MOONS: the Multi-Object Optical and NIR Spectrograph of the VLT

MOONS: the Multi-Object Optical and NIR Spectrograph of the VLT, fed with a thousand optical fibers!

SEDI-ATI has delivered 64 slitlets of 16 optical fibers each, to form 2 identical slits of 512 fibers, aimed at transporting the light of celestial objects from the focal plate of the VLT to the two cryogenic spectrographs of the MOONS instrument.

The challenge

The challenge for SEDI-ATI is to produce a telescope offset of a thousand optical fibers to link the telescope to the twin spectrographs of the MOONS instrument. On the telescope side, the fiber links will be placed in a rotating part (RFE), while on the spectrograph side the fibers will be in a cryogenic environment at 130 Kelvin.

Major constraints

  • complex and coherent arrangement of large numbers of long optical fibers
  • flexibility required to allow movement of the fibers in the jackets and small bend radius of curvature
  • cryogenic environment at 130 Kelvin

What about MOONS ? The spectograph with a thousand optical fibers

MOONS is the new multi-object optical and near-infrared spectrograph mounted at the Nasmyth focus at the VLT. It has been designed primarily to study the formation of galaxies and their evolution throughout the history of the Universe, from the properties of millions of stars in the center of our own Milky Way, to millions of galaxies in the early Universe.

The MOONS instrument actually consists of two identical cryogenic spectrographs, cooled to 130 Kelvin in a single cryostat. Each spectrograph is fed with light by a fast and extremely accurate positioning system of about 500 optical fibers. MOONS will thus enable astronomers to obtain optical and near-infrared (640-1700 nm) spectra of about 1000 objects at the same time!

The infrared capabilities of MOONS

When a celestial object moves away from us, the so-called ‘redshift’ effect occurs: the light is shifted towards the red end of the spectrum. The infrared capabilities of MOONS will allow it to collect the spectral characteristics of millions of high redshift galaxies.

With these high-resolution spectra, astronomers will be able to measure the chemical abundances of certain elements in the atmosphere of stars, in relation to their dynamical properties. This will allow the reconstruction of the chronology of events that led groups of stars to reach the characteristics they exhibit today.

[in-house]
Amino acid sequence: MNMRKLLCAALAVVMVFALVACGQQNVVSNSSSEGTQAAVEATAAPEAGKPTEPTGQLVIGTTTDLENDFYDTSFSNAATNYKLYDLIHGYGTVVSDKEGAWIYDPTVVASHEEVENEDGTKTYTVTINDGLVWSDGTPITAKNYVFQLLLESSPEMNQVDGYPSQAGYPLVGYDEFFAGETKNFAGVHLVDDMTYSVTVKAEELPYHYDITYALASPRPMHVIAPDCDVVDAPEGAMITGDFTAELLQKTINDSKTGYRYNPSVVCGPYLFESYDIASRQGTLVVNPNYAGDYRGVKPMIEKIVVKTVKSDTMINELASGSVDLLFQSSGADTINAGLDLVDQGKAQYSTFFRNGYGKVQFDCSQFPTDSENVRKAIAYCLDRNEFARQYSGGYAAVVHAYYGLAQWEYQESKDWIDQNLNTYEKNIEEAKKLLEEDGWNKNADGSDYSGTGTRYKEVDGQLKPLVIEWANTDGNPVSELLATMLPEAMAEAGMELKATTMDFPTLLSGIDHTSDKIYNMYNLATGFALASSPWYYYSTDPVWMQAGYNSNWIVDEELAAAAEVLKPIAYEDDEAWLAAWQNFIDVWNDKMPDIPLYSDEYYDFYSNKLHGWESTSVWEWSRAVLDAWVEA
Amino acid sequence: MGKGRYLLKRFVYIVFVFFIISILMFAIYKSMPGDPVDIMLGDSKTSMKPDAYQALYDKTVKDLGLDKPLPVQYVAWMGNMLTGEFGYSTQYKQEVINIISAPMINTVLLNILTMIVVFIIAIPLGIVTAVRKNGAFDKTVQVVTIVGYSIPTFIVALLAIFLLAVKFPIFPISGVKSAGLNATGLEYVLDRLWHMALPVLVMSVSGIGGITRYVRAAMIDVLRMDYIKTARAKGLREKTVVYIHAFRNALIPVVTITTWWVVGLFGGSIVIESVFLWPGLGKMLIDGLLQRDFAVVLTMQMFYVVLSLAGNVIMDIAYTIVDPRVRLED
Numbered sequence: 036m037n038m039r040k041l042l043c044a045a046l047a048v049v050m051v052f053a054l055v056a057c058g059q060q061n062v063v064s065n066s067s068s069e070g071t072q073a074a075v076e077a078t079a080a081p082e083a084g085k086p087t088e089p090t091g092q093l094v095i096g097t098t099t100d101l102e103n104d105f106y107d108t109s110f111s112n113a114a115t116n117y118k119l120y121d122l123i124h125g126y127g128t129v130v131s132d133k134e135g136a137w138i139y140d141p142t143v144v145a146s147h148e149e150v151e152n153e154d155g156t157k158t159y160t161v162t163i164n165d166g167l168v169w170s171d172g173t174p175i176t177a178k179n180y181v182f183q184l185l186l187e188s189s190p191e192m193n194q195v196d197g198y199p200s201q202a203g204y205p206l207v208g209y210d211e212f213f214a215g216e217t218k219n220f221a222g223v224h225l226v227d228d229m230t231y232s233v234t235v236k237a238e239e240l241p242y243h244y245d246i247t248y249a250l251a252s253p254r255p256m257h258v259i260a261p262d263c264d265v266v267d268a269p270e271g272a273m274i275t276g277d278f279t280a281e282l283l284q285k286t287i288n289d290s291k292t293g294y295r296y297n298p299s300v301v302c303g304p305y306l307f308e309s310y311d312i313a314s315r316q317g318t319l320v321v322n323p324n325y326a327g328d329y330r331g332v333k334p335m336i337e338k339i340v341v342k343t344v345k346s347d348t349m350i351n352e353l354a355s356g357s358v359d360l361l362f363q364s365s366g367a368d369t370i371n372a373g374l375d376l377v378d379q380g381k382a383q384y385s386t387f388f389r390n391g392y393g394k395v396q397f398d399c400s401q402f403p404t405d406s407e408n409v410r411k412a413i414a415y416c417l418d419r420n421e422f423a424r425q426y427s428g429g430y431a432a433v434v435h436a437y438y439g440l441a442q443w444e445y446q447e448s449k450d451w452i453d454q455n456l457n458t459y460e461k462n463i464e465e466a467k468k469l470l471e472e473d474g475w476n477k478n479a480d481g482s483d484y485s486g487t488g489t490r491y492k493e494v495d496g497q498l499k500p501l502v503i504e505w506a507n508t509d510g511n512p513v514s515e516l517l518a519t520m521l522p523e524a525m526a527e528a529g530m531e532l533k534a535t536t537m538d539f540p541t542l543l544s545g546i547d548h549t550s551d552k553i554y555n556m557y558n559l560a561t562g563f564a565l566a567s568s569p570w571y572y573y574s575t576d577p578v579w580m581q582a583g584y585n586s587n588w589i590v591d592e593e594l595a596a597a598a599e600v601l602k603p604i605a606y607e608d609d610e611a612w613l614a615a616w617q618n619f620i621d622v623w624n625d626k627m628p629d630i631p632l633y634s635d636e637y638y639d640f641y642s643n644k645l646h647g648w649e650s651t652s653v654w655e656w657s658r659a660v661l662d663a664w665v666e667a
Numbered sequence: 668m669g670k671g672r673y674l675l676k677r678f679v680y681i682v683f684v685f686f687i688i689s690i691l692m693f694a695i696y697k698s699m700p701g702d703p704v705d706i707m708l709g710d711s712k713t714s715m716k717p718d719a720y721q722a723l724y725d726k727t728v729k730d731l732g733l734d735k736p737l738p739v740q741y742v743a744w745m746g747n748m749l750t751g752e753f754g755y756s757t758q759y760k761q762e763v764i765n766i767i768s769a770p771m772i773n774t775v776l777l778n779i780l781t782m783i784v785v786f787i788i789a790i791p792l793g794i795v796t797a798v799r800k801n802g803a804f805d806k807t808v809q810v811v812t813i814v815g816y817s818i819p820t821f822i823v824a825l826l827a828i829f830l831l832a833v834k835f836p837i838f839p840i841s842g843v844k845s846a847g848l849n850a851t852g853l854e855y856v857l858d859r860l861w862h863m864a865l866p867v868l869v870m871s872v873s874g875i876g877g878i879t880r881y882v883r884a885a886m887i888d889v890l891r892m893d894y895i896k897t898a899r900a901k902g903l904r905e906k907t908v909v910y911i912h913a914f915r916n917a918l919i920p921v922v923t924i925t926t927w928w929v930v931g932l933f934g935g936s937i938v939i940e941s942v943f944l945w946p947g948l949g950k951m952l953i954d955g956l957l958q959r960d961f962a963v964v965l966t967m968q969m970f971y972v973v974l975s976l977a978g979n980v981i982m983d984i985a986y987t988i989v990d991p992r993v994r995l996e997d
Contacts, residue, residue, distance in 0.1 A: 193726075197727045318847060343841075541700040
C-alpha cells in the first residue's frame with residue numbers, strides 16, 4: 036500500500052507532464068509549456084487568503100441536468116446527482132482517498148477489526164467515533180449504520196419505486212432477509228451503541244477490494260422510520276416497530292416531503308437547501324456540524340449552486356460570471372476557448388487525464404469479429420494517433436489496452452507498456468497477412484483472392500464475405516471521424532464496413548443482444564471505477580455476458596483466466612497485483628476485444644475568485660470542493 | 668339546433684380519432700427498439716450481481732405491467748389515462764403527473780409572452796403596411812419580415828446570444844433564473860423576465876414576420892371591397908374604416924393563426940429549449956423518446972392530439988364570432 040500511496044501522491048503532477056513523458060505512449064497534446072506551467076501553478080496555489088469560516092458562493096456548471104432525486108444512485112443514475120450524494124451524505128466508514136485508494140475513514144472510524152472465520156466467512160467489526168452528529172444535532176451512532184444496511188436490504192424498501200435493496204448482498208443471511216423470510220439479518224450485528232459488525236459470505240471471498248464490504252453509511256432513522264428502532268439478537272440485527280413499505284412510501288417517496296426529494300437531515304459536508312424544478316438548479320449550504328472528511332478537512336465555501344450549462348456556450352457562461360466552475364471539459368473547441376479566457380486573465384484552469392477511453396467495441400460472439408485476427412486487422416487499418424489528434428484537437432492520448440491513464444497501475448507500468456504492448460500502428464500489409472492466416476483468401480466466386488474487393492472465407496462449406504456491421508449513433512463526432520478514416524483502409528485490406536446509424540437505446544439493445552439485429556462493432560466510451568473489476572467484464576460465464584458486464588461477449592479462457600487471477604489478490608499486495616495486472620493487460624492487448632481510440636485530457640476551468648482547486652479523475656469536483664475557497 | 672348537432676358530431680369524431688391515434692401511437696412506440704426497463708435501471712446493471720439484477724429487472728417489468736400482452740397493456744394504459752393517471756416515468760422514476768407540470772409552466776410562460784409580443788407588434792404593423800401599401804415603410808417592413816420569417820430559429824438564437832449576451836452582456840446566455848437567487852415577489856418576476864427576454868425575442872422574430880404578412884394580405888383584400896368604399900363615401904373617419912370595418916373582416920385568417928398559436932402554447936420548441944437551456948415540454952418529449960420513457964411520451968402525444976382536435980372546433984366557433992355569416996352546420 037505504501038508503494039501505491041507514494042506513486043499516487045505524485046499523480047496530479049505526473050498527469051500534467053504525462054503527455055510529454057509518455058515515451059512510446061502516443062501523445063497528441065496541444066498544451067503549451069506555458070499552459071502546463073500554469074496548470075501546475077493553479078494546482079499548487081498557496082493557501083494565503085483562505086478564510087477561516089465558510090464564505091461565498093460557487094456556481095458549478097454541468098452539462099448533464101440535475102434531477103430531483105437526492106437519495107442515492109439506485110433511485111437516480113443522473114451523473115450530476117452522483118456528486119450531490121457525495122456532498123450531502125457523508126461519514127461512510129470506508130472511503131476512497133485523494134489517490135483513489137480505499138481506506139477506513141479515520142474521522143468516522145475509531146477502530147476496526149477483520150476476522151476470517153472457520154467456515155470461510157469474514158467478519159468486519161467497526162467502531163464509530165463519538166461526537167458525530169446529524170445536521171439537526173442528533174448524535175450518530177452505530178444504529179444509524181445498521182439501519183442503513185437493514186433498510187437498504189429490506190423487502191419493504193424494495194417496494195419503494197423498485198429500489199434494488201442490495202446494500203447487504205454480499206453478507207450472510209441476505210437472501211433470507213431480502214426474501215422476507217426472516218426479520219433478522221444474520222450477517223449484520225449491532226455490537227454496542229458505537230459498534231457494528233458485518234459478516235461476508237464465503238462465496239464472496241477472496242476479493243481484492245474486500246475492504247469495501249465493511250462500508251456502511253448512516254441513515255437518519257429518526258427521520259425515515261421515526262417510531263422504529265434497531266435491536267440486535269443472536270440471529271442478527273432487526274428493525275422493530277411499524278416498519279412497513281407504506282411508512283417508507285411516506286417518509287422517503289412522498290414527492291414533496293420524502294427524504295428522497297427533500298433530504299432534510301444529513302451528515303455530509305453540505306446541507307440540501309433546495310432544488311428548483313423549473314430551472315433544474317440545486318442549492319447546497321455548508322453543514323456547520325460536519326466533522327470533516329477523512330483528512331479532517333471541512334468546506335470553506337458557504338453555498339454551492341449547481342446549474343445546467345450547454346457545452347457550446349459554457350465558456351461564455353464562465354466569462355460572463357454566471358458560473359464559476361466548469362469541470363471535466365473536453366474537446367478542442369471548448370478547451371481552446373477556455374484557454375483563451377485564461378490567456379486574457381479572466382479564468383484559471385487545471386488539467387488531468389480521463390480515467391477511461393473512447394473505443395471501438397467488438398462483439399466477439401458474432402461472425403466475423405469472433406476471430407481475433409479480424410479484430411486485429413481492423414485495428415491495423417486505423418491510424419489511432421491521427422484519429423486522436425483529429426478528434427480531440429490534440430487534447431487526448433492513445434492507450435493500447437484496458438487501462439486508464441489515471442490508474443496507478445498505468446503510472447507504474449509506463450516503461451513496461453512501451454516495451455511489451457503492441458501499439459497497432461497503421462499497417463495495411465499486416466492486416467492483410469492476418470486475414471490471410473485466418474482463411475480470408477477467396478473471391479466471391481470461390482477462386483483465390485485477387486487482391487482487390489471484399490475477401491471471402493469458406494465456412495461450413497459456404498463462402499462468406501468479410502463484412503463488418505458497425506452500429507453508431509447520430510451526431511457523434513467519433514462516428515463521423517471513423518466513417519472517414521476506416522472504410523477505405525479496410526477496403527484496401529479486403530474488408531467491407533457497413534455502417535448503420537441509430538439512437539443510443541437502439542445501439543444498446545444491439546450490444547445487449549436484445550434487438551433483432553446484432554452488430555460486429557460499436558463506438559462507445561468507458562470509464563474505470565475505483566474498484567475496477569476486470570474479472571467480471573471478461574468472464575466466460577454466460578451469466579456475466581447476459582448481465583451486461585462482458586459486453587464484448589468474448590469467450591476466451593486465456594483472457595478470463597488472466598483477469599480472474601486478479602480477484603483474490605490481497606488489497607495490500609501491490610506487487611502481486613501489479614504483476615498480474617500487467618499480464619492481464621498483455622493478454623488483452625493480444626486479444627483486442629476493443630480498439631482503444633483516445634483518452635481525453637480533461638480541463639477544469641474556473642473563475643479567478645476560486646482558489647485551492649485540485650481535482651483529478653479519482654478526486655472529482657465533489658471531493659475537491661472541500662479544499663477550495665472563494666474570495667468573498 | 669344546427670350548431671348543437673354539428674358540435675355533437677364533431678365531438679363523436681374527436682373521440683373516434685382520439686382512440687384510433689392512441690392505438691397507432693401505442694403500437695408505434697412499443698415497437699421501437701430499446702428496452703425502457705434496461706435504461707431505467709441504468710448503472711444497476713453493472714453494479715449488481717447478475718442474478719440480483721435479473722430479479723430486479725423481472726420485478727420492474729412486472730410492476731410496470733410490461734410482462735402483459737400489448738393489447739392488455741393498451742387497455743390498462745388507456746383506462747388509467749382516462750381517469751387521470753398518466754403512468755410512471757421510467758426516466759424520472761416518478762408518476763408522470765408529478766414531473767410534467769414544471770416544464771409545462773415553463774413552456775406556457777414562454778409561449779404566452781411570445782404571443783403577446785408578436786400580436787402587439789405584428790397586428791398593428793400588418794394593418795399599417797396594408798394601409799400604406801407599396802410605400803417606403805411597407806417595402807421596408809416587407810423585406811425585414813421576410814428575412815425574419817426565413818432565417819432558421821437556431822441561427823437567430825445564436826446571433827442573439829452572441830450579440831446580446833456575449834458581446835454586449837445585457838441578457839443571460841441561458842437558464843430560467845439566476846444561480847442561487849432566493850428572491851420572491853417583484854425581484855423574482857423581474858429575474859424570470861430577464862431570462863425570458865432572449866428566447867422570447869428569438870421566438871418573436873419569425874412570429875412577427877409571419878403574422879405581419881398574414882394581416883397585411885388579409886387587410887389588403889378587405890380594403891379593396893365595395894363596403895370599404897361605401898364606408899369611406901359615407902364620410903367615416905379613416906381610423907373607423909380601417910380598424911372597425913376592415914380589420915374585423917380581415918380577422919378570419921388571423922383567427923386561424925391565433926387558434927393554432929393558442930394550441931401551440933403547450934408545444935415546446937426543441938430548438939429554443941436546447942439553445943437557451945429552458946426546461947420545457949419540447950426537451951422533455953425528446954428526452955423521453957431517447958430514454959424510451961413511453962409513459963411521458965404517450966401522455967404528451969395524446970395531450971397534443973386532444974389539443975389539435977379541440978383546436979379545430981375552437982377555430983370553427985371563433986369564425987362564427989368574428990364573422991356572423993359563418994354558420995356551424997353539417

The study of our own galaxy offers a unique opportunity to study all the components of a galaxy, star by star. In this way, astronomers will be able to understand the details of the processes that take place during the formation of a spiral galaxy like the Milky Way.

In addition, the spectroscopy performed by MOONS will make it possible to measure the speed at which stars are moving away from or towards us. MOONS thus acts as a galactic GPS, allowing us to produce a 3D map of our Galaxy.

The MOONS fibre system with two curved slits

In partnership with the “Observatoire de Paris – GEPI”, SEDI-ATI has built two 200 mm curved slits, each of which contains 512 fibers of 150 µm core with Polyimide coating.

Each slit is placed at the entrance of one of the two MOONS spectrographs, in a cryogenic environment at 130 Kelvin.

A slit is composed of 32 slitlets arranged in a way to give the slit its curved shape. And each slitlet comprises a perfect alignment of 16 optical fibers.

The assembly is completed with inline multifiber hermetic feedthroughs , with one feedthrough per slitlet. The multifiber feedthroughs are mounted on a large flange to isolate the two spectrographs in the cryostat from the rest of the instrument.

Each bundle of 16 fibers is threaded into a long metal flexible tube on either side of the flange. It provides mechanical protection for the fibers, which will endure high mechanical stresses (rotation, displacement, short bending radius, etc.) in the mobile part of the instrument RFE (Rotating Front End).

At the focal plate of the telescope, the fiber bundles are split into individual fibers. Each fiber is connected at its end to a very short optical patchcord by a tiny connector and is positioned at the focus of the telescope via an FPU (Fiber Positioning Unit).

Not all the fibers in the slit are connected to FPUs: there are 1024 fibers in the two slits, for 1001 FPUs, which allows some flexibility matching FPUs to slitlets. Each fiber that is connected to an FPU can scan an object. Thus, 1001 celestial objects can be observed simultaneously!

From left to right: Mr FLORES (Director GEPI), Mr AMANS (Engineer GEPI), Mr LAPORTE (Deputy Directeur GEPI), Mrs GUINOUARD (Project Manager GEPI), Mr VINCHANT (CEO SEDI-ATI), and Mr LIOTARD (R&D Engineer SEDI-ATI).
Courtesy of: GEPI and SEDI-ATI.

The different stages

  • May 2011: ESO selects the MOONS project to build a wide-field multi-object spectroscopic instrument.
  • March 2017: final design review.
  • March 2021: SEDI-ATI has finalized the delivery of the twin sets of fibers, for their upcoming integration by the ATC in Edinburgh.
  • 2023: expected first light at the VLT.

SEDI-ATI solution

  • precise linear arrangement of 16 optical fibers of 150 µm core with Polyimide coating in a slitlet; 64 identical slitlets made.
  • mounting of 32 slitlets in a precise curved path to form a 512-fiber slit of 200 mm; 2 identical slits made.
  • creation of in-line hermetic feedthroughs; 1 per bundle of 16 fibers; 2 sets of 32 in-line hermetic feedthroughs, mounted on large diameter flanges.
  • threading of 16-fiber bundles in metal tubes over long lengths.

Advantages of the SEDI-ATI solution

  • expertise in the precise and orderly positioning of thousands of optical fibers in slits
  • expertise in the threading of several hundred meters of optical fibers in metal protective tubes
  • expertise in hermetic sealing technologies for fiber-optic systems
  • expertise in optomechanics